Sunday, April 29, 2007

I seem to have invested in yarn futures

Destashing has had a few twists I didn't think about. I'm going to start pricing with first class mailing included in the price since it's simpler than folks choosing between first class (which is flat rate across the US) and priority mail (which is more expensive, also flat rate across the US up to 2 pounds, but includes tracking).

Inflation seems to have happened to yarn prices the years since the late 80's that I started buying. I found a plastic box of Tahki Cotton Classic bought in 1998, with the receipt. The prices on the stickers are (slightly) less than $4 per skein, and the receipt is from a 30% off sale. So, if Yarndex has a current MSRP at $5.25, I'm going to make a profit unless I price it at less than $2.75 per skein. So, what's a fair price to ask?

On the other hand, it's hard to tell what the market will bear, particularly in lots of single skeins. The Skacel Merino Lace went handily at $9 per skein plus shipping. The Fa Re Baruffa Cashwool Decatito is not attracting as quick an interest (though the three skeins of gray are sale pending) at $10 per skein. Is it the change of brand? Is it the color? Or does a dollar make a difference?

These are skeins I originally paid $12 - 13 dollars for, so I'm not making any capital gains on the laceweight. On the other hand, since I finally got rid of my credit card debt last year (how much of which was contributed from yarn purchases?), I've been working on establishing a cash reserve, and then retirement savings, which I should have been started on 15 years ago. Money from destashing is earmarked to contribute to that effort. The again, the primary motivation is to have less yarn to move down one and up to flights of stairs and reorganize in the new yarn room this summer.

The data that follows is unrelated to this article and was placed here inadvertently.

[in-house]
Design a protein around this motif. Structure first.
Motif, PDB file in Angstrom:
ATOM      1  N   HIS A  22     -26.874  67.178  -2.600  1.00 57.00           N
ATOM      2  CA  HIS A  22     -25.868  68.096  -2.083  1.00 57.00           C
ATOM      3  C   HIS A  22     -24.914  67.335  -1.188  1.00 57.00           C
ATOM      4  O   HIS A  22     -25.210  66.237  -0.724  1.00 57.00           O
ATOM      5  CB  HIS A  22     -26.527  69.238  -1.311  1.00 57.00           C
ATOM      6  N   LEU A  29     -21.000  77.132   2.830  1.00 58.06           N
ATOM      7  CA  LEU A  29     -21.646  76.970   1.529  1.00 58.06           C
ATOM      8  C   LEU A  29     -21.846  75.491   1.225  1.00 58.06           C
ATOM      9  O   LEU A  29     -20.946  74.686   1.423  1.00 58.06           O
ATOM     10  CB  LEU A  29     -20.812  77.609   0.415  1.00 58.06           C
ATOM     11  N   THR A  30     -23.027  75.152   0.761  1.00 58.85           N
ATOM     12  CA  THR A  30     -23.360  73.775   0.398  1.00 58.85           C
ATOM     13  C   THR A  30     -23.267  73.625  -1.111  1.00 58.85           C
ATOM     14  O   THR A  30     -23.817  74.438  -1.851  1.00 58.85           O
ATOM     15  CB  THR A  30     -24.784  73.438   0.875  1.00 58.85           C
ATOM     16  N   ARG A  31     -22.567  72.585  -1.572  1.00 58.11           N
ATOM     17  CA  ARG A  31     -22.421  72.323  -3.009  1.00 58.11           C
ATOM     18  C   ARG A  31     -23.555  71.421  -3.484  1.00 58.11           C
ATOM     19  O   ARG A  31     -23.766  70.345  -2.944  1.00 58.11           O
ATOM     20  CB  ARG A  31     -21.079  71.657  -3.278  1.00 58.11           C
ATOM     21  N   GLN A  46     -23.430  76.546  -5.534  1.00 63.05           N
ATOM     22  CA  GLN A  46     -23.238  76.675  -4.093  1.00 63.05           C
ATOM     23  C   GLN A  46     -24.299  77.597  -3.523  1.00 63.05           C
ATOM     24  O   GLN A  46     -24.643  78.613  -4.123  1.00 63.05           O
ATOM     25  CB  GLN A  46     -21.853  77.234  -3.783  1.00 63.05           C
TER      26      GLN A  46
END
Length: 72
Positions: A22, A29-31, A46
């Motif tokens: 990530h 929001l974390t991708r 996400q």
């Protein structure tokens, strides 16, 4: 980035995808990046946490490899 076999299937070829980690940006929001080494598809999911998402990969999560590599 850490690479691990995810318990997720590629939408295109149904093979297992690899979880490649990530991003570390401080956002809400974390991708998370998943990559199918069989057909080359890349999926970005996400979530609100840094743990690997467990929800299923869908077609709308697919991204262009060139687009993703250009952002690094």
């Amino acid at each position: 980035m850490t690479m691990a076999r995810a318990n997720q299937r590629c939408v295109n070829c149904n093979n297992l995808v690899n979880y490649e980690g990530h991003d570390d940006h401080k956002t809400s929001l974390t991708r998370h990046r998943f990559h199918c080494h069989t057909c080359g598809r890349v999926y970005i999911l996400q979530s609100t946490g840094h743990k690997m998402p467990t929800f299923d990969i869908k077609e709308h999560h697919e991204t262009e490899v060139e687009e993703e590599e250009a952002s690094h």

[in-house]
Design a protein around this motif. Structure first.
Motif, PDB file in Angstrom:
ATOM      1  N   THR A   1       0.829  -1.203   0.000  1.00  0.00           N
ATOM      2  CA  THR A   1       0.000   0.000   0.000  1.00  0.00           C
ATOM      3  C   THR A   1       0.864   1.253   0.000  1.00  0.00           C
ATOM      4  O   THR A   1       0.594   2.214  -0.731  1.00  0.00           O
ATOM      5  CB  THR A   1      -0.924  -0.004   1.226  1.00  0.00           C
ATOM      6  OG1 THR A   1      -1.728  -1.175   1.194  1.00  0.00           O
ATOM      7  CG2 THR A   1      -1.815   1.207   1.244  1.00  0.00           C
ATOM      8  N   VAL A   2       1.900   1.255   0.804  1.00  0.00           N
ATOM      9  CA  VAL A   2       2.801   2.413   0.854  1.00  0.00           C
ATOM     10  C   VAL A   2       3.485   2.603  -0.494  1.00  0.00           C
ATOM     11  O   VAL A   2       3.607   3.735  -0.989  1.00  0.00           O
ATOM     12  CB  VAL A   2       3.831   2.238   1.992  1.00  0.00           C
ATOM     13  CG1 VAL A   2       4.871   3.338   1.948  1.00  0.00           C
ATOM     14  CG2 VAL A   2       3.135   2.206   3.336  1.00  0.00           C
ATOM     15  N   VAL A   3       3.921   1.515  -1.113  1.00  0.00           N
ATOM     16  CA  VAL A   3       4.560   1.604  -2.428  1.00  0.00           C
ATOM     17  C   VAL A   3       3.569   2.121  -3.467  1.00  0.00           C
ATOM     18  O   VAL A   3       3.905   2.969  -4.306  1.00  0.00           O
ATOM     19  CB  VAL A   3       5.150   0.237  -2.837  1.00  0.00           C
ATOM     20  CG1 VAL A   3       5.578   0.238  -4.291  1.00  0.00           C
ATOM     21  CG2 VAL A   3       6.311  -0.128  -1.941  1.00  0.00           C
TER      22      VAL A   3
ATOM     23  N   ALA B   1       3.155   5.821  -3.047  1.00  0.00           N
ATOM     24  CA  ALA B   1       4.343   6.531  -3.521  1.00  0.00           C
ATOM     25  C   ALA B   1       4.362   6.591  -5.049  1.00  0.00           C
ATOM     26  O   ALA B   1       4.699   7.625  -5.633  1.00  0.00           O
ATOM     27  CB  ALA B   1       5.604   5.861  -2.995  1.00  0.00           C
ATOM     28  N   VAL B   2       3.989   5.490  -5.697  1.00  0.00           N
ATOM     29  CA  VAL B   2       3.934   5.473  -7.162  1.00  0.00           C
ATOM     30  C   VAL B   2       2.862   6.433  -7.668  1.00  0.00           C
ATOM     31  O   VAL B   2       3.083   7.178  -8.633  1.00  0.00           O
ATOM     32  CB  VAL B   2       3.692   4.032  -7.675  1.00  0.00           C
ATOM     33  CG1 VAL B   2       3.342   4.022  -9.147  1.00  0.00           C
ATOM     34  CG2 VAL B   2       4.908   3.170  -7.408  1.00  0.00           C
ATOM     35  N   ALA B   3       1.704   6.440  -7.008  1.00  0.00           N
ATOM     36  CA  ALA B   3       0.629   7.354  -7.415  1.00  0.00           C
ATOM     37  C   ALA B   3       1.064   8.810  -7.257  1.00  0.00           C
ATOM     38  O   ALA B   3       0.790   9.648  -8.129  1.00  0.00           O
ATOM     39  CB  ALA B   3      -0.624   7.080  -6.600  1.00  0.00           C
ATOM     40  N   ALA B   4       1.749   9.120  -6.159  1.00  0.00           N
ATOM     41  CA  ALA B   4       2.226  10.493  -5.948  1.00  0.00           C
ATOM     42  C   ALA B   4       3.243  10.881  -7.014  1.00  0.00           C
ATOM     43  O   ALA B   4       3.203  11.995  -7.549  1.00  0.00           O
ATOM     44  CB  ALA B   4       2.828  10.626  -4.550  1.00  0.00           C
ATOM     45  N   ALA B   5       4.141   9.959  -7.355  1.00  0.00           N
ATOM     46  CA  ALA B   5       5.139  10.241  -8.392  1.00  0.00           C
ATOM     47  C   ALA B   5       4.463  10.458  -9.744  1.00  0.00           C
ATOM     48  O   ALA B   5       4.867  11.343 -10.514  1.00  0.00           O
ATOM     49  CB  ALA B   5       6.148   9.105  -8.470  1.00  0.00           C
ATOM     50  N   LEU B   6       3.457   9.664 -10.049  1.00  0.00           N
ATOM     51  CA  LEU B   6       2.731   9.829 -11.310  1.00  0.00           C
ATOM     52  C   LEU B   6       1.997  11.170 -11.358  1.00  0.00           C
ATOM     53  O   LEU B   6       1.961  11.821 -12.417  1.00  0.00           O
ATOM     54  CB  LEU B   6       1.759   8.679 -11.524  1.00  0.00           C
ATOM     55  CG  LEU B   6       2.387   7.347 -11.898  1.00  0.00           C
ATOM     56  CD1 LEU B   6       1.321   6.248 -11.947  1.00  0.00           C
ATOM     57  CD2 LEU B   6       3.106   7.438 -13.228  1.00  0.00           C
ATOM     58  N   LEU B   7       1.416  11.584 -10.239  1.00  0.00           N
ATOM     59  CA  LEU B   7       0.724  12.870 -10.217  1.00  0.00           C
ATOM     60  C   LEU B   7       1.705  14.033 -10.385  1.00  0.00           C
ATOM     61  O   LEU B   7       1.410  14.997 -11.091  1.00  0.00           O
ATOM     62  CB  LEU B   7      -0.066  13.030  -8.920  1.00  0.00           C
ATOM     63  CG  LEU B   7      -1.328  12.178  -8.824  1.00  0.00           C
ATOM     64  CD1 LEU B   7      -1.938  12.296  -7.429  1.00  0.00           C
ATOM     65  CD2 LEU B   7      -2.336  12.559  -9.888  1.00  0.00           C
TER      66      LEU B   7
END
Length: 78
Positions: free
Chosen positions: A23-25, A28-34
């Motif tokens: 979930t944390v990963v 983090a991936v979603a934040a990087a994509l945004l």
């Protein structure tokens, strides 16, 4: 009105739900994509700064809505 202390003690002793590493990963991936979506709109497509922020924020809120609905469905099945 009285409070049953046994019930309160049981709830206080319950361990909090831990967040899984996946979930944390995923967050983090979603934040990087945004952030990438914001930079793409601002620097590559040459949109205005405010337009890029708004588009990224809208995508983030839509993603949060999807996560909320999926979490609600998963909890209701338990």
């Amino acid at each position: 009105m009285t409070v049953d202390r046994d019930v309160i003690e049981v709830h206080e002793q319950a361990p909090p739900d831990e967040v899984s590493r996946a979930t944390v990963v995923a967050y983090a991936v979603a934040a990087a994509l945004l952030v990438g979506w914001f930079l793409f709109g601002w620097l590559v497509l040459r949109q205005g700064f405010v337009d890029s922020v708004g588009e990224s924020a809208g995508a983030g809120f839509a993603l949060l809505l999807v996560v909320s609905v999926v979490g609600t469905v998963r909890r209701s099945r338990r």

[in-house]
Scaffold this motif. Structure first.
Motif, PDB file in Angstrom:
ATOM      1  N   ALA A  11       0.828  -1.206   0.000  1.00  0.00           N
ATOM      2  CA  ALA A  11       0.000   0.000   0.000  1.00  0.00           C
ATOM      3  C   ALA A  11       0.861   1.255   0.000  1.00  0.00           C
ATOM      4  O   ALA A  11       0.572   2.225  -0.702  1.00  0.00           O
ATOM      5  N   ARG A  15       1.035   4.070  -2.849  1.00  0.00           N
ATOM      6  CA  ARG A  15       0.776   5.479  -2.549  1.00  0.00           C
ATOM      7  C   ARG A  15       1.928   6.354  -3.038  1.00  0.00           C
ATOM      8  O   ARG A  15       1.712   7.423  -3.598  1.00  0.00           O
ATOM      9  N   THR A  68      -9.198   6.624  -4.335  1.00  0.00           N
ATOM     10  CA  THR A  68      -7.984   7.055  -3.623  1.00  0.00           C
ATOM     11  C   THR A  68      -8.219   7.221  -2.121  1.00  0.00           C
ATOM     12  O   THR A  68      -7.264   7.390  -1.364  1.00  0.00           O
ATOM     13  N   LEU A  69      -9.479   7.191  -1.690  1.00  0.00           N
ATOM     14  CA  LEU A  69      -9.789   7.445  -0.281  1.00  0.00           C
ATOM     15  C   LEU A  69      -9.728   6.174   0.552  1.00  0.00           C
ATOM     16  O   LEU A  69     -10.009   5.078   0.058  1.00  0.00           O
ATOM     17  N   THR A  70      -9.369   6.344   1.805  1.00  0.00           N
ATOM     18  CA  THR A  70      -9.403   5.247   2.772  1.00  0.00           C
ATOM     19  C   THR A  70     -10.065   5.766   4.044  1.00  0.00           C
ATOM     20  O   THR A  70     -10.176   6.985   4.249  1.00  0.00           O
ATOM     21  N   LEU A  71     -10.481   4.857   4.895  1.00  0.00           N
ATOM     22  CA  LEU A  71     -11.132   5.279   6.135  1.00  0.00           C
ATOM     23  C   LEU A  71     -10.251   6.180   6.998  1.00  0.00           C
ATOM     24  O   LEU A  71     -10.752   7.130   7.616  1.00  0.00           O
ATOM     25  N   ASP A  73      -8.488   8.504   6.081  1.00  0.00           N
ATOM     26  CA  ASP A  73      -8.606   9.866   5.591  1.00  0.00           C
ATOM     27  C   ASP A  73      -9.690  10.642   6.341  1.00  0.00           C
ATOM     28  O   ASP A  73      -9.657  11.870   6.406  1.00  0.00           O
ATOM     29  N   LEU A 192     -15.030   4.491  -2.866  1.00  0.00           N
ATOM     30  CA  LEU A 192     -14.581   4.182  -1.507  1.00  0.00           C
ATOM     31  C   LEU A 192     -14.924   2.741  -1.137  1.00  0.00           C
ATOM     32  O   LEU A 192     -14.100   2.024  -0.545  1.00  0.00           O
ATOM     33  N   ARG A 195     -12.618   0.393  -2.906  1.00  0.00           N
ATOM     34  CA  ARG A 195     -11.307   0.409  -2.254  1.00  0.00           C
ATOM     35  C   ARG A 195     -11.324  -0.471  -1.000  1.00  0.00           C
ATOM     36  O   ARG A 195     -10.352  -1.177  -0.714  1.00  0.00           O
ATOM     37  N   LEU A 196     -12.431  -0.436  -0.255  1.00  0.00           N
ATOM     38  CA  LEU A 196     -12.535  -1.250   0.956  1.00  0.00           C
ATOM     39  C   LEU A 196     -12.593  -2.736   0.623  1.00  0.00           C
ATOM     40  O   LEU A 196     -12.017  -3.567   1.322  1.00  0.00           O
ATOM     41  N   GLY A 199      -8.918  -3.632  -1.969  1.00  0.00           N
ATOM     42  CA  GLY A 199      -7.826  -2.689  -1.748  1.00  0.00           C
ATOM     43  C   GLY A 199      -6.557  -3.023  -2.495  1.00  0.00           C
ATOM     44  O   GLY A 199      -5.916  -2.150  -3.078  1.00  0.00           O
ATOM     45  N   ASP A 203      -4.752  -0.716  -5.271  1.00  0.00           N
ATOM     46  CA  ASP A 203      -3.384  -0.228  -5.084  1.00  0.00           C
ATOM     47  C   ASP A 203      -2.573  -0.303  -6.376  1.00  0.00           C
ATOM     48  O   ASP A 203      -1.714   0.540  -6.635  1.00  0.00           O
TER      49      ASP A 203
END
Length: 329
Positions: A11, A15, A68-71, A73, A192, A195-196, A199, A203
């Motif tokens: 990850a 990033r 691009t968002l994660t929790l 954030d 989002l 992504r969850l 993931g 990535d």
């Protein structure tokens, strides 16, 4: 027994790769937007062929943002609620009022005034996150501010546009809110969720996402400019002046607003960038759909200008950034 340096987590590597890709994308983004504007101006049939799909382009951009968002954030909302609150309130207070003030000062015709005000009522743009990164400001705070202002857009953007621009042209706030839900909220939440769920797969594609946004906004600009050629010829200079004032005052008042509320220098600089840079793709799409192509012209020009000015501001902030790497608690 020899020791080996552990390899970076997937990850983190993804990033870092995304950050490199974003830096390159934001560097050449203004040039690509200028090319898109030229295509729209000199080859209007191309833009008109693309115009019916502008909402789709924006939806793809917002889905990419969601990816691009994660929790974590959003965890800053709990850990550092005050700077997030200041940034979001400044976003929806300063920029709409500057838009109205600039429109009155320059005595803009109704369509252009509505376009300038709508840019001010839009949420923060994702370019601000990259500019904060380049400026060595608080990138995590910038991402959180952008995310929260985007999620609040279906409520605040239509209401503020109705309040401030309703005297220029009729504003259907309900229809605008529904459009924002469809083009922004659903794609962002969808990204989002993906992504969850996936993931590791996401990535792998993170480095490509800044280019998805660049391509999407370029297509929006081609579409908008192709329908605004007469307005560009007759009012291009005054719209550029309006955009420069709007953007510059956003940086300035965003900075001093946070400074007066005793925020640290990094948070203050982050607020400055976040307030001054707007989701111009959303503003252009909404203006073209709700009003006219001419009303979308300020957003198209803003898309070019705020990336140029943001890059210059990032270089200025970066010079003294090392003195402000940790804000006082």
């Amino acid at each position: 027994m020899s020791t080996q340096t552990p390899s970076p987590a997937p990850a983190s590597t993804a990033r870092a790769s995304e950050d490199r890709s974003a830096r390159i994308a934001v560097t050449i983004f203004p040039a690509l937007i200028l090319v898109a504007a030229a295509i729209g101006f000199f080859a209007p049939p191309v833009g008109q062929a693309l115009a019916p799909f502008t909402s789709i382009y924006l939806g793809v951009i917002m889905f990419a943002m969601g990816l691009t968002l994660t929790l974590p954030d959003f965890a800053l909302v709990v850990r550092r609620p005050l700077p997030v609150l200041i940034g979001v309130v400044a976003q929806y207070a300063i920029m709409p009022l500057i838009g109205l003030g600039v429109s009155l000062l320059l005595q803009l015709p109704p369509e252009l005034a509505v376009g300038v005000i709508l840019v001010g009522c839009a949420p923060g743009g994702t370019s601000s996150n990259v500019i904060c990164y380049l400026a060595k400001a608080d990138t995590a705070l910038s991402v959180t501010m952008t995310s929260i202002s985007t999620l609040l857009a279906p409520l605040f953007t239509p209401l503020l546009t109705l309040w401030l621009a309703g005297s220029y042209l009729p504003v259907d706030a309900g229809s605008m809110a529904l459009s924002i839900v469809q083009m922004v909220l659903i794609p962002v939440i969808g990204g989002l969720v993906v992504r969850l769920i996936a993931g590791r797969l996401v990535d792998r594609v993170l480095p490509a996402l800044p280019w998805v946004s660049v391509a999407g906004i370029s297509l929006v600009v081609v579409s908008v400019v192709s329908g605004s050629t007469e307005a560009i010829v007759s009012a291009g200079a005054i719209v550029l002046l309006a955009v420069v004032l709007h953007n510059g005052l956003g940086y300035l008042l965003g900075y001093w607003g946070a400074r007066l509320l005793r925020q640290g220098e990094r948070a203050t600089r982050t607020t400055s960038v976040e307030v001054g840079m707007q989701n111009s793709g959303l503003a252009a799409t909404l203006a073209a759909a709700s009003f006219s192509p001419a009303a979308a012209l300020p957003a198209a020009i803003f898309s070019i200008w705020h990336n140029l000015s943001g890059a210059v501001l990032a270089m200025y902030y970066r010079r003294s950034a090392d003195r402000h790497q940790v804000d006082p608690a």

So far, having the expense of a box of large Tyvek envelopes has kept me from making current money on the first sales (by a few cents), but I'll have cleared the initial expenses with the next sale.

Another issue is taking photos with good color representation. I care somewhat about color on the blog, but I don't go beserk over it. The reds, blues and purples in the collection up on offer have been a bear to get something accurate, while the white, grays and yellows and browns weren't. When it's something for sale I want it reasonably accurate. My camera doesn't seem to have sophisticated white balance control, so this will be something I need to work on.

A third issue is figuring out what I have to offer and how does it compare to what's currently available. Some of the brands (particularly the European ones) don't seem to have websites for reference, and on-line stores aren't carrying them. Some are hand-dyed skeins with no labels. The Blue Faced Leicester 2/28 from the Fleece Artist seems to have changed its put-up from 100 grams in August, 2000 (I remember that trip when I bought it!) to the current 250 gram skein.

After this, I get to move into a different class of yarn. Remember the sock yarn from last fall? On the right are the skeins deemed not suitable for my pink-skinned, strawberry-blonde what's left brother, and on the left are the skeins that were okay for him. All told, it's a lot.

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